Marie Ponsot, poet and winner of National Book Critics Circle Award, dies at 98

NEW YORK — After a promising start as a published poet in the 1950s, Marie Ponsot put her career aside. She was a single mother in New York City, with seven children to raise. But she did not stop writing. She filled notebooks with her poems — and then stashed much of her work in a drawer, showing it strictly to friends.

It would be almost a quarter-century before her poetry began to reemerge, and when it did, she found wide acclaim.

By the end of her long life — she died Friday at 98 — Ms. Ponsot had translated dozens of books, published seven volumes of poetry, and won the National Book Critics Circle Award. She died at NewYork-Presbyterian/Weill Cornell hospital in Manhattan, her daughter, Monique, said.


Ms. Ponsot was first published in the 1950s by Lawrence Ferlinghetti — the Yonkers-born poet who championed the Beat poets from his celebrated San Francisco bookstore, City Lights — in the same series as Allen Ginsberg.

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The two had become friends in Paris, where Ms. Ponsot met her future husband, Claude Ponsot, a painter, while she was studying at the Sorbonne.

Although Ms. Ponsot came under Ferlinghetti’s wing, she hardly wrote in the freewheeling personal style of Ginsberg, Gregory Corso, and other Beats.

“Ponsot is a love poet, a metaphysician and formalist,” David Orr wrote in The New York Times in 2002 in a review of “Springing,” a volume of her collected poems. “But she is neither sappy nor tedious nor predictable.”

Her first book, “True Minds,” was studded with love poems to her husband. Its title echoed the first line of Shakespeare’s Sonnet 116: “Let me not to the marriage of true minds/Admit impediments.”


Ms. Ponsot harked back to “True Minds” when she resumed publishing in 1981: For the title of her second collection, she again drew from Sonnet 116’s opening line, calling the volume “Admit Impediment.” By then she, and her poetry, had been tempered by divorce and years of single motherhood.

The collection’s opening poem, “For a Divorce,” announces what had befallen those “true minds” of 1956. Addressing Claude Ponsot, it begins:

Death is the price of life.

Lives change places.

Asked why

we ever married, I smile

and mention the arbitrary fierce

glance of the working artist

that blazed sometimes in your face

but can’t picture it.

“Admit Impediment” had come together with the help of a friend and professor, Marilyn Hacker, who took the manuscript to the Knopf offices in Manhattan, where it found its way to poetry editor Alice Quinn. She immediately accepted it for publication.

“Admit Impediment” was followed in 1988 by a third collection, “The Green Dark,” and in 1998 by another, “The Bird Catcher,” which brought her the National Book award.

“Marie is a classic writer,” Quinn said in an 2012 interview. “When you read her, you feel the strain of Donne and Hopkins, of someone truly immersed in the English tradition. But here were poems about her mother, about marriage and divorce, about motherhood. She was reckoning with a full life of responsibility. Her work showed kinship with others under stress.”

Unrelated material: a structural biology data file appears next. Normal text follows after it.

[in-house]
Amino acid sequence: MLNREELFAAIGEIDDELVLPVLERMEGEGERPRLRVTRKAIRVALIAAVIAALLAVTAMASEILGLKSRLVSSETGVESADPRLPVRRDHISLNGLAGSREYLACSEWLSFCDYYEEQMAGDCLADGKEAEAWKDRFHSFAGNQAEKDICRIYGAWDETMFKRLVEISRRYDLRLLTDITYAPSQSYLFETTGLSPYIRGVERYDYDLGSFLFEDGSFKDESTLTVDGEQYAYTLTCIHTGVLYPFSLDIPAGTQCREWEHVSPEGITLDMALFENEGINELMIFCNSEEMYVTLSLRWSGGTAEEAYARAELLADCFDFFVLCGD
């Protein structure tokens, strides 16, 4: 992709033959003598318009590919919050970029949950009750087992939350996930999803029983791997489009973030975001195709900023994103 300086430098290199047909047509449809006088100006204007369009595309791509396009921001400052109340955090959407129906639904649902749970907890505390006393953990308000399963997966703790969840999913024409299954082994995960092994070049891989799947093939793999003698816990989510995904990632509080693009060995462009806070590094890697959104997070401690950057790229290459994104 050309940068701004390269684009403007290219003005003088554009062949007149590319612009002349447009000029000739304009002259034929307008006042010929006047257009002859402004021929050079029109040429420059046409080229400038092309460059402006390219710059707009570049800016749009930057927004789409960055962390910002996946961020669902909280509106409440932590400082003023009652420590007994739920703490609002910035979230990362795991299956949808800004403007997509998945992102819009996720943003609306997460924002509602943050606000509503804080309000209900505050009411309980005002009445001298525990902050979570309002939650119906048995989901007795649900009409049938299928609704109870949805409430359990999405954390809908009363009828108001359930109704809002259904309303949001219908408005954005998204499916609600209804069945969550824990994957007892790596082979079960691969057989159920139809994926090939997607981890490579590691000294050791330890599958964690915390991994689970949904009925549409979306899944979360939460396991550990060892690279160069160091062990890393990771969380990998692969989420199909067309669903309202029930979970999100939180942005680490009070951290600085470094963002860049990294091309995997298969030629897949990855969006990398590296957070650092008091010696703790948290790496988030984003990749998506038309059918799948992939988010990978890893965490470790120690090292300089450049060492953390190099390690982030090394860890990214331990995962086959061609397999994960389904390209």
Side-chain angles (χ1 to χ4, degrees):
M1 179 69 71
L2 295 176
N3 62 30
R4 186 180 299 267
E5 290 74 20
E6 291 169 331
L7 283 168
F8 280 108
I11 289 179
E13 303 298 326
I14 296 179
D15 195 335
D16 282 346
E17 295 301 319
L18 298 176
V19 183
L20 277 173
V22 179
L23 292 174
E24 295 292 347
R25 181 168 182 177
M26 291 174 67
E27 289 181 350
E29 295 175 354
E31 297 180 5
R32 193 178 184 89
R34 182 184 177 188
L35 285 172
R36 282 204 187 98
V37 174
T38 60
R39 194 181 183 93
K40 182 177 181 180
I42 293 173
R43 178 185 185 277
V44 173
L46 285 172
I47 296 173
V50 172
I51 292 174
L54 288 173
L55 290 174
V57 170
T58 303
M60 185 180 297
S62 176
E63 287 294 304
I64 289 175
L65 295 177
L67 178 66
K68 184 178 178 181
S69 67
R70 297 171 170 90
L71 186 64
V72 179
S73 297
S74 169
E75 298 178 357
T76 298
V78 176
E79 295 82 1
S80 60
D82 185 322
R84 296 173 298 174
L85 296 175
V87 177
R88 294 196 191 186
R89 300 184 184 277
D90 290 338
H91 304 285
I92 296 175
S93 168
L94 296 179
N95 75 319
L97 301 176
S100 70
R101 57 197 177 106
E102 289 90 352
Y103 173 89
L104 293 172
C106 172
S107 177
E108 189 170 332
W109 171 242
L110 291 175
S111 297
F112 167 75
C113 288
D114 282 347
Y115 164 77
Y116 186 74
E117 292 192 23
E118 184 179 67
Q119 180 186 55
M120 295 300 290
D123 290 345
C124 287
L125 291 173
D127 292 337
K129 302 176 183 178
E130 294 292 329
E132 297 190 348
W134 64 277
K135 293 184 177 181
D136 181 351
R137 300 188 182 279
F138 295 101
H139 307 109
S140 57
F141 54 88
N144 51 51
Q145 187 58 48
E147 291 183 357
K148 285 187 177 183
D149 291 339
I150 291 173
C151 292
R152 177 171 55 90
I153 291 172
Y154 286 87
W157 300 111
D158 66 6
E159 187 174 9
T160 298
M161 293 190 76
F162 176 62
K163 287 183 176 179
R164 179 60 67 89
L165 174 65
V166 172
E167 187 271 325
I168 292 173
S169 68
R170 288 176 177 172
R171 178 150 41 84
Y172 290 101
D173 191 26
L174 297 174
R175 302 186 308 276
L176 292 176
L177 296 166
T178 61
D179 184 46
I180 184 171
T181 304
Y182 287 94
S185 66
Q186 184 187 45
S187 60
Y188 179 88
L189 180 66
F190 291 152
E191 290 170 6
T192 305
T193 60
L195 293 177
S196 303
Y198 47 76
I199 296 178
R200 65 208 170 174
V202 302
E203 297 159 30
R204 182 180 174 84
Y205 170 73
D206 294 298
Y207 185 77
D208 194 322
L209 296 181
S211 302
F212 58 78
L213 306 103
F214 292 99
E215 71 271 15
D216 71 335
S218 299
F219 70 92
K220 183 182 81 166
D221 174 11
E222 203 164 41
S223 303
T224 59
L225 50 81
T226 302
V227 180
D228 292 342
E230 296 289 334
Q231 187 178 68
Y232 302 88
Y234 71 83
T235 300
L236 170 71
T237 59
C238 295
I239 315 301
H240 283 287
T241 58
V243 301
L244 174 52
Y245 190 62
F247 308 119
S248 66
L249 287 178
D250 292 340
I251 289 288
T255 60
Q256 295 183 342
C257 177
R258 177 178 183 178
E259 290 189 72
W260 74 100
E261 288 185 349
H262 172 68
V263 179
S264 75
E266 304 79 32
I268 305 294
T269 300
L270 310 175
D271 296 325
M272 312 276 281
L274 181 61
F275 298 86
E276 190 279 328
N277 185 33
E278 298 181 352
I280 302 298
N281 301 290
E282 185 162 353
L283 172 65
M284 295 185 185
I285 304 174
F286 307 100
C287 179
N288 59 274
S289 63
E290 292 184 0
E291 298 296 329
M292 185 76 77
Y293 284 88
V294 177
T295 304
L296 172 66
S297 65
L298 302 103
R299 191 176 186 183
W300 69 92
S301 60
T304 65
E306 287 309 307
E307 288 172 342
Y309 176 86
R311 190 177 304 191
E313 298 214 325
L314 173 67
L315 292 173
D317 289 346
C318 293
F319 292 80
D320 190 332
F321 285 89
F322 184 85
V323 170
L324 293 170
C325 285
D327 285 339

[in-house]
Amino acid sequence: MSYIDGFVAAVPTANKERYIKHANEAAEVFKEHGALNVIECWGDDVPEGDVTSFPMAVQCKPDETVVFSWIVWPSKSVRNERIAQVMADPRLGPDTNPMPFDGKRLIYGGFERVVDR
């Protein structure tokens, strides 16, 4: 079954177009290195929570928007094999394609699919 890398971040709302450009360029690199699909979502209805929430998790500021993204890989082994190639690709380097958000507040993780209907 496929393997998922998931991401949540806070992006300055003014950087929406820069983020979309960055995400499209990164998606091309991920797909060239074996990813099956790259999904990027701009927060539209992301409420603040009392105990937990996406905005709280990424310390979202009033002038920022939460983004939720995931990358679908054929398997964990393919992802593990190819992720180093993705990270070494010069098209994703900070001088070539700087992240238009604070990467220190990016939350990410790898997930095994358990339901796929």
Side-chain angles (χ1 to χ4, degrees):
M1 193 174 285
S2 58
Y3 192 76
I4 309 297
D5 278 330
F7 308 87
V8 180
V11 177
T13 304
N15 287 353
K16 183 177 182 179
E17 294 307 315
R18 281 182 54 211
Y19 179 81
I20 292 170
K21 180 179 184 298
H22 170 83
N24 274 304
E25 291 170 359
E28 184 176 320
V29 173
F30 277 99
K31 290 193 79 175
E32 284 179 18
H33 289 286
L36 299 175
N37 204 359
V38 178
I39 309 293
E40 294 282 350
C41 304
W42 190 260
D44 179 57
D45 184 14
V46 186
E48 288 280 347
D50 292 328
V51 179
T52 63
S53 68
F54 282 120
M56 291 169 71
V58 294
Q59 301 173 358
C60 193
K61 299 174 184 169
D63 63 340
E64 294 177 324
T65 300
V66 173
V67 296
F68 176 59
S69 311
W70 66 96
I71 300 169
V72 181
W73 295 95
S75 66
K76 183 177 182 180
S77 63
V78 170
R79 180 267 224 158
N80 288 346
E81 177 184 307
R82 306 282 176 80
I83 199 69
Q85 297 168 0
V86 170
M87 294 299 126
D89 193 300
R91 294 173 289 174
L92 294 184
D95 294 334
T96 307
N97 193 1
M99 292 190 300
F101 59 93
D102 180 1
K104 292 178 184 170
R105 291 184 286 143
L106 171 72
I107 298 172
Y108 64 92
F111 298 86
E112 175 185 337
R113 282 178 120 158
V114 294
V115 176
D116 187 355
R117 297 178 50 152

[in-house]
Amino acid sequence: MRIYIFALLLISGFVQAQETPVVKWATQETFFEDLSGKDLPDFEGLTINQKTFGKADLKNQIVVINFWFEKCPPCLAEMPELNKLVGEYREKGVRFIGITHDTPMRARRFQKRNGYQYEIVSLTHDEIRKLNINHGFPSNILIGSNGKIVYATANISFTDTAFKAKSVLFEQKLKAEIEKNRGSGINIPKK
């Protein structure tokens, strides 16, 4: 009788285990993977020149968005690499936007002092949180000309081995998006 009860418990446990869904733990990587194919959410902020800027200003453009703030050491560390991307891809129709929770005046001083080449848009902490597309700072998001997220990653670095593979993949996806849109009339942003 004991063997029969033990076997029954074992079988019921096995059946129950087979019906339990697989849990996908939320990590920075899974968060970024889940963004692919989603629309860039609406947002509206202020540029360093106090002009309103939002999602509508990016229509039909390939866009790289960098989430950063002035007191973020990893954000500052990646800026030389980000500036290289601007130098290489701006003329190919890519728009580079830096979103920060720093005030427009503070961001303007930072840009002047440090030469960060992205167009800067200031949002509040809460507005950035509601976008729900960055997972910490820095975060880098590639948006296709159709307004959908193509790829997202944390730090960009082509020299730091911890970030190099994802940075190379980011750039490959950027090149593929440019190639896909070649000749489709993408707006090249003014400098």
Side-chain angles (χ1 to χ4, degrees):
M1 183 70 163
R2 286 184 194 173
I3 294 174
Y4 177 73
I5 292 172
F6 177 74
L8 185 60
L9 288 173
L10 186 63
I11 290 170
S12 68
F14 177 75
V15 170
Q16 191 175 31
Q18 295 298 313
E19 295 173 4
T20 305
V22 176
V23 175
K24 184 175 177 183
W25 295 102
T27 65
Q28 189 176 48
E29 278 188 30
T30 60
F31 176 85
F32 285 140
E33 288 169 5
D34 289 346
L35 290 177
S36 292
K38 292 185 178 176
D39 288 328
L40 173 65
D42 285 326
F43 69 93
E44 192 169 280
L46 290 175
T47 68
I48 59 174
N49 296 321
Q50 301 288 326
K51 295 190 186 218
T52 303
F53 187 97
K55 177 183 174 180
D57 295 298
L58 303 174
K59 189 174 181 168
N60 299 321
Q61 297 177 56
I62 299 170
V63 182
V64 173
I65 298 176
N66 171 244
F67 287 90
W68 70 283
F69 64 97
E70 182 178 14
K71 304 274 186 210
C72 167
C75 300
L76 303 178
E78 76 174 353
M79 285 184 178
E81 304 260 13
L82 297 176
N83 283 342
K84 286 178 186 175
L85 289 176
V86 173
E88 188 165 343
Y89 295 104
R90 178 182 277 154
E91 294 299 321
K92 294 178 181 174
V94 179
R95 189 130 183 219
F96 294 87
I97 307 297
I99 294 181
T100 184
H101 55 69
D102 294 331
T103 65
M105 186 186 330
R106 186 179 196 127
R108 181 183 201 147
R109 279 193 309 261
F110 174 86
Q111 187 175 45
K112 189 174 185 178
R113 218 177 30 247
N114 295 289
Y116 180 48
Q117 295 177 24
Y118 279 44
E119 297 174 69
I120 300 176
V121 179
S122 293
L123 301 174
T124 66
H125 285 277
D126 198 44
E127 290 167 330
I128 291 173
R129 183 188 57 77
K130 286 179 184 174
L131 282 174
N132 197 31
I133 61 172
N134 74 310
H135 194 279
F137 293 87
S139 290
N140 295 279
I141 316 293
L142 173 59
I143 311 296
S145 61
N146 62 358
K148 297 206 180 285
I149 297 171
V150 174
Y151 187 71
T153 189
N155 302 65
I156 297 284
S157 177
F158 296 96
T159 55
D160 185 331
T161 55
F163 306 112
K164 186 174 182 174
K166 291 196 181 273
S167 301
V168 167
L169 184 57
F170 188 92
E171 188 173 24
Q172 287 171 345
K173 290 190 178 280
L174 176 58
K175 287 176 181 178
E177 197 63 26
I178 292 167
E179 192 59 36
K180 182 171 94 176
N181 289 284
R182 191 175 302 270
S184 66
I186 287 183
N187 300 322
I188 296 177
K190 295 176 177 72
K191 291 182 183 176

Gerard Manley Hopkins was one of Ms. Ponsot’s heroes. She often spoke of her Roman Catholic faith and in verse paid homage to Hopkins, a Victorian-era Jesuit priest. Writing in The New York Times Book Review, Harvard professor and critic Stephanie Burt compared Ms. Ponsot to Hopkins in her endeavoring “to see in each plant, each animal, each sort of weather, a unique instance of Providence.”

When Deborah Garrison, who replaced Quinn at Knopf, began planning a collected works in the late 1990s, she said, she was overwhelmed by Ms. Ponsot’s unpublished stash.

“They’d been in a drawer,” Garrison said, “but were sparklingly fresh.”

Marie Birmingham was born April 6, 1921, in Brooklyn to William and Marie Candee Birmingham. Her mother was a New York City public-school teacher, her father an importer.

Marie attended St. Joseph’s College for Women in Brooklyn before earning a master’s degree in 17th-century literature at Columbia University in 1941.

During World War II, she lived in the West Village in Manhattan and worked at a Doubleday bookstore until a car hit her and fractured her femur. After recuperating, Ms. Ponsot and a friend sailed for postwar Paris, where she worked as a UN archivist.

Ferlinghetti, too, was studying there, and the two lent each other books and shared poems. In Paris she met modernist writer Djuna Barnes as well as Julia Child. She also met Claude Ponsot, who was studying painting with Fernand Léger, in a bar.

After marrying and having a daughter, the Ponsots, with a second child on the way, returned to the United States in 1950 and moved in with Ms. Ponsot’s parents in Queens. Claude Ponsot did not speak English and worked sporadically. Marie Ponsot supported the family through freelance translating and writing for radio.

She also pursued poetry. By the mid-1950s, Ferlinghetti had established the City Lights bookstore in San Francisco and begun publishing a series of poetry books. He accepted Ms. Ponsot’s “True Minds” as the fifth in the series, after Ginsberg’s revolutionary “Howl and Other Poems.”

By 1961 Ms. Ponsot was raising seven children while teaching at Queens College, and her marriage was dissolving. The divorce was finalized in 1970. With her parents’ help, she acquired a Victorian house in Queens and developed a writing regimen.

“I wrote 10 minutes a day,” she said. “I did it as if it were commandment.”

In addition to her daughter, Monique, she leaves six other children, Denis, Antoine, William, Christopher, Matthew and Gregory; 16 grandchildren; and nine great-grandchildren.